The Good Samaritan is what God is like

Frances writes on next Sunday’s readings : In our Gospel (Luke 10:25-37) Jesus poses a number of questions. In our account it was to a lawyer, one schooled in Jewish religious law and its minutiae, one concerned, as were the Pharisees that the individual achieved ‘righteousness’ a perfect relationship with God. Fundamentally, Jesus did not disagree with the lawyer, but realised that in practise things were much more complicated than might appear on the surface. In confronting these issues, he borrowed from a tale in the Babylonian Talmud which reflected on 2 Kings 37 and which went back to the Babylonian Captivity of the 6th century BC. In that story ‘the good rescuer’ was a Babylonian, a pagan and one of the occupying enemy. The fact that this story had been passed down through the centuries indicates precisely what a problem ideas of Jewish purity and their interpretations of the law incurred. What is of ultimate importance in salvation; my own purity, or my outreach to others in which my ‘purity’ may become hopelessly compromised? Jesus, no more than the sages of the past, was willing to let his own people off the hook.


The Jerusalem Bible translation softens the lawyer’s intent by its use of ‘disconcert’, whereas the Greek actually says tempt or trap. He is intent on lining Jesus up with sinners, lawbreakers, and on bringing a case against him which will ultimately lead to his death. But Jesus, as we know from Luke 9:53, was already resolutely set on going to Jerusalem and his passion. That passion would be for the salvation of the world, and in this ancient story, reworked by Jesus, I think we find a small passion drama, hints and glimmers of what is to come. First of all I think we cannot possibly assume that travellers, such as temple priests going or returning from their stint of service in the temple, travelled this notorious route between Jerusalem and Jericho alone. There is a community, a community of rejecters involved too. In such cases, the priest and the Levite, (a temple assistant) quite deliberately made decisions against risking ritual contamination and the need for purification this might involve for themselves and their companions. We note that in both cases, they kept well clear of the victim, not even approaching him, a feature so reminiscent of the behaviour of the Jewish hierarchy in our passion gospels, and exploited to the full in John’s gospel. By contrast, the victim is described in graphic detail as stripped, severely beaten and deprived of all his possessions, and finally left as half dead; a set of images of Jesus during his passion. It is then natural that Jesus borrows from the ancient tale, but places a despised Samaritan not a Babylonian as the rescuer/redeemer of the victim. Indeed, he even pays for the man’s lodging, and promises more if necessary to prevent his becoming enslaved for non payment of his debts. Perhaps then we have a short vignette of the atonement here, not just a story with a moral clout, as we traditionally give it in the modern West.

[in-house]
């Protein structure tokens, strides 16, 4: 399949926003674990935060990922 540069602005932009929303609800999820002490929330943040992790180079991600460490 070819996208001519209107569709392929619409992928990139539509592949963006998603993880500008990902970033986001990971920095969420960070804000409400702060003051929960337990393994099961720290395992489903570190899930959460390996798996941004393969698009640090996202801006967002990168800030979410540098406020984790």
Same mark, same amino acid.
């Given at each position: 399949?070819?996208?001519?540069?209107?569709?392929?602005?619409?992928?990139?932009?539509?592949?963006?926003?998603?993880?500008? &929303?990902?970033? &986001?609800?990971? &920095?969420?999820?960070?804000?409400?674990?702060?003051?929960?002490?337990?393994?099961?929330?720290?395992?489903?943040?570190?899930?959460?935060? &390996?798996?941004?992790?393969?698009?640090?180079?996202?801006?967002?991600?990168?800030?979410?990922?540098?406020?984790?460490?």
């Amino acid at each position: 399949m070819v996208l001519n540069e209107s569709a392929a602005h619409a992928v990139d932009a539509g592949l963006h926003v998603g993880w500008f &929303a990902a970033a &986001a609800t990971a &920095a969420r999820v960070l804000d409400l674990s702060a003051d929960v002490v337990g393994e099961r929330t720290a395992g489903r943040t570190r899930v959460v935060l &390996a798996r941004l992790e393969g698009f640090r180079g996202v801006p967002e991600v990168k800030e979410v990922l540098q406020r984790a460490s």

This whole question of the value or otherwise of the law and the salvation it may or may not bring; (here always religious law, since there was no distinction for Israel) is raised in our reading from Deuteronomy (30:10-14). On the surface, it all looks so simple – ‘pay up and you will be saved’. Yet Deuteronomy is centuries later than Moses and was the work of the priestly reformers under Josiah, just before the Babylonian invasions, at a time when things had got very slack, and even Passover  – that central and pivotal celebration of the nation’s being – was not being observed. This book then is the King’s reformist policy and a wake up call to his nation. One might see it as a desperate plea, issued more in hope than certainty, a call for clarity and action when things were going very wrong and the writing was on the wall.


Such was St Paul’s plight when he wrote from prison in Ephesus to the Christians of Colossae, (Col 1:15-20) up the Meander River, and the home of Philemon and the hapless Onesimus. Clearly is was quite possible that Paul would have been executed at that point, and so, instead of any adherence to the Jewish law, he threw all his hopes on the risen, glorified Christ, reiterating here a hymn he had learnt from a Christian community he knew. Significantly, given the circumstances of his incarceration he defiantly and insistently ascribes the powers that may have brought about his detention, and those under whom he was detained, “Thrones, Dominations, Sovereignties and Powers”, as part of Christ’s creative work and ultimately subject to him. Paul is therefore confident and certain that whatever happens to him personally, Christ’s work of ‘reconciling the universe to God’ will ultimately be achieved. He has this great sense then, not of his own importance, or of his own righteousness or purity, but rather that he, along with all Christians, had irrevocably thrown in their/our lot with Christ – and that is all that matters.


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